Hemobartonellosis and Eperythrozoonosis
The phagocytic elements of the spleen, liver, lymph nodes, and other organs appear to be primarily responsible for limiting the multiplication of these parasites. Splenic macrophages are especially important in suppressing the infections, and splenomegaly is often the first and only readily apparent gross pathologic lesion of latent infection. Following experimental injection with E. coccoides (Baker et al. 1971), peak splenic enlargement of 3–4 times normal occurs approximately 7 days after infection but diminishes rapidly during the enusing week and reaches a plateau at 1.5–2 times normal by 21 days. This level of splenomegaly persisted for the remainder of a 42-day observation period. Splenomegaly is also a prominent gross pathologic sign of H. muris infection in rats; however, quantitative data are lacking.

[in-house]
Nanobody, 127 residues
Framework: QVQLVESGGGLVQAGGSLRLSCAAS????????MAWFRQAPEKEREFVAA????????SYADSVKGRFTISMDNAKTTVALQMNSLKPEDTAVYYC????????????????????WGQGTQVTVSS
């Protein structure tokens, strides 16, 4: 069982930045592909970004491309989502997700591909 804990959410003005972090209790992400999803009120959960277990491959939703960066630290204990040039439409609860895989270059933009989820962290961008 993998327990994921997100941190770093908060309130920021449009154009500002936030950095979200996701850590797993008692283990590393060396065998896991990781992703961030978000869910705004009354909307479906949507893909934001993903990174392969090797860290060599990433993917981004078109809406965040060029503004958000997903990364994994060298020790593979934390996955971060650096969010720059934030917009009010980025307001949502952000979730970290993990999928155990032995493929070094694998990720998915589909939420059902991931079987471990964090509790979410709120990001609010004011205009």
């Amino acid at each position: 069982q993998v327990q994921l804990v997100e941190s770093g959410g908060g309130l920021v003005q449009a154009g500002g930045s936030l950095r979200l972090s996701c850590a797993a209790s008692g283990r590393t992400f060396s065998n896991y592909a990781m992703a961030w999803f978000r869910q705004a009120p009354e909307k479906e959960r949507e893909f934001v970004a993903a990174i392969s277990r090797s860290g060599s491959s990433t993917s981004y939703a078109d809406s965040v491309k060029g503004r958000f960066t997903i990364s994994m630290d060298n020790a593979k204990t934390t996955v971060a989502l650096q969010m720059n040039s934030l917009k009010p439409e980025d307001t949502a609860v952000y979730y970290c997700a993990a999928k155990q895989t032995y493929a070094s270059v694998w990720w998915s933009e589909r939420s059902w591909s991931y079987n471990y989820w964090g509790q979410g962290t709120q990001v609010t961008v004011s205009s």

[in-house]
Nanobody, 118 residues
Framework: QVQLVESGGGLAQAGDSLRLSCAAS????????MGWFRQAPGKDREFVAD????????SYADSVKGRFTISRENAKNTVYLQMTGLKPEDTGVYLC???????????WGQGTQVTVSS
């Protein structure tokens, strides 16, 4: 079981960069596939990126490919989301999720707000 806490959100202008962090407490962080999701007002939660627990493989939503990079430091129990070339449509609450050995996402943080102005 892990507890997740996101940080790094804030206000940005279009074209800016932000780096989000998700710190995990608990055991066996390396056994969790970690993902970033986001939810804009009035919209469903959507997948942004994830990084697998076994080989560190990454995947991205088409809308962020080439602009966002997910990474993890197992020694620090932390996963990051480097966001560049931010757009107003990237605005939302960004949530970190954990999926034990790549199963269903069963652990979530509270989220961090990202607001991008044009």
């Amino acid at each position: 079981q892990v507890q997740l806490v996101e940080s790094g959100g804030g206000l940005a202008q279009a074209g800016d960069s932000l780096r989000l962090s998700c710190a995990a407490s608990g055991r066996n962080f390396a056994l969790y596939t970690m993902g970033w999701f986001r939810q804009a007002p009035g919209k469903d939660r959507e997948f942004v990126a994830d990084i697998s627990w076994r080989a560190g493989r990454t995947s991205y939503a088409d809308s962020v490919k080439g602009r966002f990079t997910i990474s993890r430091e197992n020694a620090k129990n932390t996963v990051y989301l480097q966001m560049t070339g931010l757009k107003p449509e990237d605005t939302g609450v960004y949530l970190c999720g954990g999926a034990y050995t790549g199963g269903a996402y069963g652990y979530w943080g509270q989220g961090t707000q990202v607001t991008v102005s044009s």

KeywordsHepatitis Filtration Albumin Sedimentation Anemia
Unable to display preview. Download preview PDF.
- Cassell GH, Lindsey JR, Baker HJ, Davis JK (1979) Mycoplasma and rickettsial diseases. In: Baker HJ, Lindsey JR, Weisbroth SH (eds) The laboratory rat, vol I. Academic, New York, pp 259–269Google Scholar
- Moulder JW (1974) The rickettsias. In: Buchanan RE, Gibbons NE (eds) Bergey’s manual of determinative bacteriology, 8th edn. Williams and Wilkins, Baltimore, pp 882–925Google Scholar
- Wigand R (1958) Morphologische biologische und serologische Eigenschaften der Bartonellen. Thieme, StuttgartGoogle Scholar